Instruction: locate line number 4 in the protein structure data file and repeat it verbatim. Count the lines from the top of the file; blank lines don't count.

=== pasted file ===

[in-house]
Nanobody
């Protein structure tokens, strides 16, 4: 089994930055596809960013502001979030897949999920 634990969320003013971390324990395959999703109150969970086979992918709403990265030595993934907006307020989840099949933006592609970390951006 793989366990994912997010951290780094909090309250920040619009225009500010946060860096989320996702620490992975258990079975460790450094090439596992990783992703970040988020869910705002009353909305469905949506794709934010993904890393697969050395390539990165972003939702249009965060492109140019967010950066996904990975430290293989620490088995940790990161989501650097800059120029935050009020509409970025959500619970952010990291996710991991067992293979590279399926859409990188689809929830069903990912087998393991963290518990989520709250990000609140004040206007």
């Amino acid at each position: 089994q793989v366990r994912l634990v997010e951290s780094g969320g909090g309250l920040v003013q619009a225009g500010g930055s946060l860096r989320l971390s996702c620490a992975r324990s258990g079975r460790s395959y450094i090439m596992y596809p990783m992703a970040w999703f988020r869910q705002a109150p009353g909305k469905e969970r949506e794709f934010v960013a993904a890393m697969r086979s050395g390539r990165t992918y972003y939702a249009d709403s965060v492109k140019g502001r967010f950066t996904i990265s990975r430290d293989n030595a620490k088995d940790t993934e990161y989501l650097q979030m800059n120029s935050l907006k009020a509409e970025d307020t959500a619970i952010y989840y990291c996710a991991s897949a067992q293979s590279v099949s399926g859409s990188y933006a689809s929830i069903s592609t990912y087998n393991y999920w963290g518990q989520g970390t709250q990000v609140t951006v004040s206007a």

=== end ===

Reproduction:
């Amino acid at each position: 089994q793989v366990r994912l634990v997010e951290s780094g969320g909090g309250l920040v003013q619009a225009g500010g930055s946060l860096r989320l971390s996702c620490a992975r324990s258990g079975r460790s395959y450094i090439m596992y596809p990783m992703a970040w999703f988020r869910q705002a109150p009353g909305k469905e969970r949506e794709f934010v960013a993904a890393m697969r086979s050395g390539r990165t992918y972003y939702a249009d709403s965060v492109k140019g502001r967010f950066t996904i990265s990975r430290d293989n030595a620490k088995d940790t993934e990161y989501l650097q979030m800059n120029s935050l907006k009020a509409e970025d307020t959500a619970i952010y989840y990291c996710a991991s897949a067992q293979s590279v099949s399926g859409s990188y933006a689809s929830i069903s592609t990912y087998n393991y999920w963290g518990q989520g970390t709250q990000v609140t951006v004040s206007a």